Last week, I was thinking about a “TF” that I had written as a thing of shorthand in my planner. And it got me thinking about a few different ways that I have seen “TF” used… all in different contexts. I might as well start with the context that inspired this post.
(And also, the last one may partially explain my lack of posts last week.)
To Follow. In my planner, I had written, on two lines: “Bank 13:30 or later / Rent Check TF.” The “TF” meant “To Follow,” i.e., immediately following the previous event.
The first time that I saw that was in high school, when the softball schedules had times that had a “/TF” (ex. “4/TF”). That meant, “4pm and to follow” when referring to a schedule for a doubleheader, which was very common in high school softball.
Although I’ve rarely seen it in other contexts, I still use it in other contexts, as seen from my planner.
True/False. This may be the most common assumption of what TF stands for. Whether it be on an exam, a shorthand for a question that ends, “True or false?” or anything else along those lines, I often abbreviate a True/False question as [TF.]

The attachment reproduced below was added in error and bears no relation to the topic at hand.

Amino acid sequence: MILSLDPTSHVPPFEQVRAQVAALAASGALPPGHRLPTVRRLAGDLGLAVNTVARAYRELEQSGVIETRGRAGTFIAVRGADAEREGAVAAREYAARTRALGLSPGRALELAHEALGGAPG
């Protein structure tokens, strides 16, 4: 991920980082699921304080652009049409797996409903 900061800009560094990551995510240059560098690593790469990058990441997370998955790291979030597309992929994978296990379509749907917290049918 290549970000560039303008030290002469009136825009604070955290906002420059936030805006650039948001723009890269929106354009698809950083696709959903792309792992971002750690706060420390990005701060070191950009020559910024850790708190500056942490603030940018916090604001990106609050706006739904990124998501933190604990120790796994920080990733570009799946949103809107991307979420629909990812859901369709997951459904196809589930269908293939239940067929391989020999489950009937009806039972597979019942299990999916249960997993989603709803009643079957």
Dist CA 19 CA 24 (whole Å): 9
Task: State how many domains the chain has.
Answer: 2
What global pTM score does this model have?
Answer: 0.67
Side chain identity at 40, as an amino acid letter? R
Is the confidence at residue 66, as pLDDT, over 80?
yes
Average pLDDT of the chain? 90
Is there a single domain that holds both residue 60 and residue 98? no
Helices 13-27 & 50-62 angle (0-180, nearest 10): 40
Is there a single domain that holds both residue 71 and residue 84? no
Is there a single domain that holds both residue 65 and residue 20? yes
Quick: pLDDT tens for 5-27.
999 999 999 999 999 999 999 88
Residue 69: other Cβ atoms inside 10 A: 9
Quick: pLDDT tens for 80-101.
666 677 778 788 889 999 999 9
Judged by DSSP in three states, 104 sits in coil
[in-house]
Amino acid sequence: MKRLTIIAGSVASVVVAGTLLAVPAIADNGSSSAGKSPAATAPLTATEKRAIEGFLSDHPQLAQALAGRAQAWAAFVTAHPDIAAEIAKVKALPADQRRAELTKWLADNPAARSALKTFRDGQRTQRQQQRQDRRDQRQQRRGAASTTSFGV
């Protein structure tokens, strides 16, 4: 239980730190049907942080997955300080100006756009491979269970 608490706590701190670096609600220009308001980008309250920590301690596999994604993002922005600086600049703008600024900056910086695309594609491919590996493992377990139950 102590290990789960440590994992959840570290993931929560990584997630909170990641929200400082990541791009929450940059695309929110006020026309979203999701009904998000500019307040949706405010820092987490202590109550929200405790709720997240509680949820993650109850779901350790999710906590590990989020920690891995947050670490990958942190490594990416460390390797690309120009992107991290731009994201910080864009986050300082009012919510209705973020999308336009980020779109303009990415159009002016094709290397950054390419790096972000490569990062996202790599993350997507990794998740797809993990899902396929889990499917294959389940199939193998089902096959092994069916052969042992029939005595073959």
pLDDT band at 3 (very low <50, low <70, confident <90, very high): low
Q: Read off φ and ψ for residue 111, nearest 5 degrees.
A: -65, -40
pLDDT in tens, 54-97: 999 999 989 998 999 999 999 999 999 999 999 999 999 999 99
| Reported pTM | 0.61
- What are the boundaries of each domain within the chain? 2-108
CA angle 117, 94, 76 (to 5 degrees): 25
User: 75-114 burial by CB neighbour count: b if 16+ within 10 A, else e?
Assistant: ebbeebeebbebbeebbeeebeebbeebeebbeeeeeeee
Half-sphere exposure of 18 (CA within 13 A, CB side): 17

Although, on my assignments, it’s never pure True/False, but rather “If true, explain why; if false, explain why or give a counterexample.”
Tuition/Fees. Whenever I paid my rent for Engelhart at Northwestern, I would take a check to the bursar’s office. Every time that I went to the window, the cashier would carefully inspect my check, before scribbling the letters “TF” on it, and on the invoice, taking a red stamp that said “POSTED” and slapping it on.
It took me a few times, before I realized, “TF stands for Tuition and Fees.”
Yet, at NU, the Fees were about 1/30 of what I paid, and the other 29/30 was my Engelhart room without board. Go figure!
Tuesday Friday (or Thursday Friday). Probably the second-most common way that you might see TF. Yet, because of the confusion, there are two different ways to indicate this: either ThF/TuF, or perhaps using RF for ThuRsday/Friday.
When I abbreviate the days, I use “R” for Thursday, rather than “Th” or “T.” (Of course, I would just have to use ה if I were in Israel.
Too Frantic. Not a common usage, but in some sense is how I felt today after being at the office for almost 13 hours. Four hours of teaching, two hours of office hours, a non-restful lunch break, and frantic prep work and e-mail answering in the remaining five hours at the office.
But as for the last one, I know that I often get frantic and frazzled around the time of exams, with preparing review material. Yes, it may kill me, but I’m willing to occasionally burn myself at the stake for the sake of my students!
“Engage!”: 5 days.
NU at Madison: 19 days.